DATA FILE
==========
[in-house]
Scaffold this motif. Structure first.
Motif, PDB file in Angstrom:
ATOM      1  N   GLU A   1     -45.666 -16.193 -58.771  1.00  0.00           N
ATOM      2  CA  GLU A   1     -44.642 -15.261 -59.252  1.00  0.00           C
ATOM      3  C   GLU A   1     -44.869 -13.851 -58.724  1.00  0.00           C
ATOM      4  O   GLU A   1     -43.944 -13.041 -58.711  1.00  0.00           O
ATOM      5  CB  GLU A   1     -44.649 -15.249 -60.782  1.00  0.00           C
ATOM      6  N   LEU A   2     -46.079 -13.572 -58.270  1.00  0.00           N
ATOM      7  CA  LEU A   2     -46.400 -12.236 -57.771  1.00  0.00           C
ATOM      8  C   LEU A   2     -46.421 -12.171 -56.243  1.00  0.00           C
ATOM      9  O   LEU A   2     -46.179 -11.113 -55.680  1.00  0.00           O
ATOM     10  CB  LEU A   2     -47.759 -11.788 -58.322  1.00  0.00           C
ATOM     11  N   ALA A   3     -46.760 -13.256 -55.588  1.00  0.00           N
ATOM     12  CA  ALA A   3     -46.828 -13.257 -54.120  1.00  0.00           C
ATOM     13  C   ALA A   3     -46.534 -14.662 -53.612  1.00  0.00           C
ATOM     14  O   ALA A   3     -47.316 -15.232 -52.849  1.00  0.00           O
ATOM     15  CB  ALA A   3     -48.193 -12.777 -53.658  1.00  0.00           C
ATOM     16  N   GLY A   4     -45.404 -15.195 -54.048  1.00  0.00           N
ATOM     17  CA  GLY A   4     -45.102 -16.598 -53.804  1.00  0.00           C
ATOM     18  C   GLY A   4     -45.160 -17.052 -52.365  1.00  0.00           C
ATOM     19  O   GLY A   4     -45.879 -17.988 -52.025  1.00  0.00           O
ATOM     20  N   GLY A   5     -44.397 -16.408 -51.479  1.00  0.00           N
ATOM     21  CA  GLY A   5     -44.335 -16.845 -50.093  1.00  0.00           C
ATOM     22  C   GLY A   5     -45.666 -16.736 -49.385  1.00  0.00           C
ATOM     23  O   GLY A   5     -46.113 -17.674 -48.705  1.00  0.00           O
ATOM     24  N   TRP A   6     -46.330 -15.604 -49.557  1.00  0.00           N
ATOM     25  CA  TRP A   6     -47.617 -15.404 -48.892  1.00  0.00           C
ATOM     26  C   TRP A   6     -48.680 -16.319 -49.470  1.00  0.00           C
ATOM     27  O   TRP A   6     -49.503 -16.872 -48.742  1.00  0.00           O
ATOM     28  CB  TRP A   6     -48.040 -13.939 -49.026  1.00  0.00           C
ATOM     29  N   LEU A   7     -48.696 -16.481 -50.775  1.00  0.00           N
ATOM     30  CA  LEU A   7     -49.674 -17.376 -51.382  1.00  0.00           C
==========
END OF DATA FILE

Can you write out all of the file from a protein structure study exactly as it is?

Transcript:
[in-house]
Scaffold this motif. Structure first.
Motif, PDB file in Angstrom:
ATOM      1  N   GLU A   1     -45.666 -16.193 -58.771  1.00  0.00           N
ATOM      2  CA  GLU A   1     -44.642 -15.261 -59.252  1.00  0.00           C
ATOM      3  C   GLU A   1     -44.869 -13.851 -58.724  1.00  0.00           C
ATOM      4  O   GLU A   1     -43.944 -13.041 -58.711  1.00  0.00           O
ATOM      5  CB  GLU A   1     -44.649 -15.249 -60.782  1.00  0.00           C
ATOM      6  N   LEU A   2     -46.079 -13.572 -58.270  1.00  0.00           N
ATOM      7  CA  LEU A   2     -46.400 -12.236 -57.771  1.00  0.00           C
ATOM      8  C   LEU A   2     -46.421 -12.171 -56.243  1.00  0.00           C
ATOM      9  O   LEU A   2     -46.179 -11.113 -55.680  1.00  0.00           O
ATOM     10  CB  LEU A   2     -47.759 -11.788 -58.322  1.00  0.00           C
ATOM     11  N   ALA A   3     -46.760 -13.256 -55.588  1.00  0.00           N
ATOM     12  CA  ALA A   3     -46.828 -13.257 -54.120  1.00  0.00           C
ATOM     13  C   ALA A   3     -46.534 -14.662 -53.612  1.00  0.00           C
ATOM     14  O   ALA A   3     -47.316 -15.232 -52.849  1.00  0.00           O
ATOM     15  CB  ALA A   3     -48.193 -12.777 -53.658  1.00  0.00           C
ATOM     16  N   GLY A   4     -45.404 -15.195 -54.048  1.00  0.00           N
ATOM     17  CA  GLY A   4     -45.102 -16.598 -53.804  1.00  0.00           C
ATOM     18  C   GLY A   4     -45.160 -17.052 -52.365  1.00  0.00           C
ATOM     19  O   GLY A   4     -45.879 -17.988 -52.025  1.00  0.00           O
ATOM     20  N   GLY A   5     -44.397 -16.408 -51.479  1.00  0.00           N
ATOM     21  CA  GLY A   5     -44.335 -16.845 -50.093  1.00  0.00           C
ATOM     22  C   GLY A   5     -45.666 -16.736 -49.385  1.00  0.00           C
ATOM     23  O   GLY A   5     -46.113 -17.674 -48.705  1.00  0.00           O
ATOM     24  N   TRP A   6     -46.330 -15.604 -49.557  1.00  0.00           N
ATOM     25  CA  TRP A   6     -47.617 -15.404 -48.892  1.00  0.00           C
ATOM     26  C   TRP A   6     -48.680 -16.319 -49.470  1.00  0.00           C
ATOM     27  O   TRP A   6     -49.503 -16.872 -48.742  1.00  0.00           O
ATOM     28  CB  TRP A   6     -48.040 -13.939 -49.026  1.00  0.00           C
ATOM     29  N   LEU A   7     -48.696 -16.481 -50.775  1.00  0.00           N
ATOM     30  CA  LEU A   7     -49.674 -17.376 -51.382  1.00  0.00           C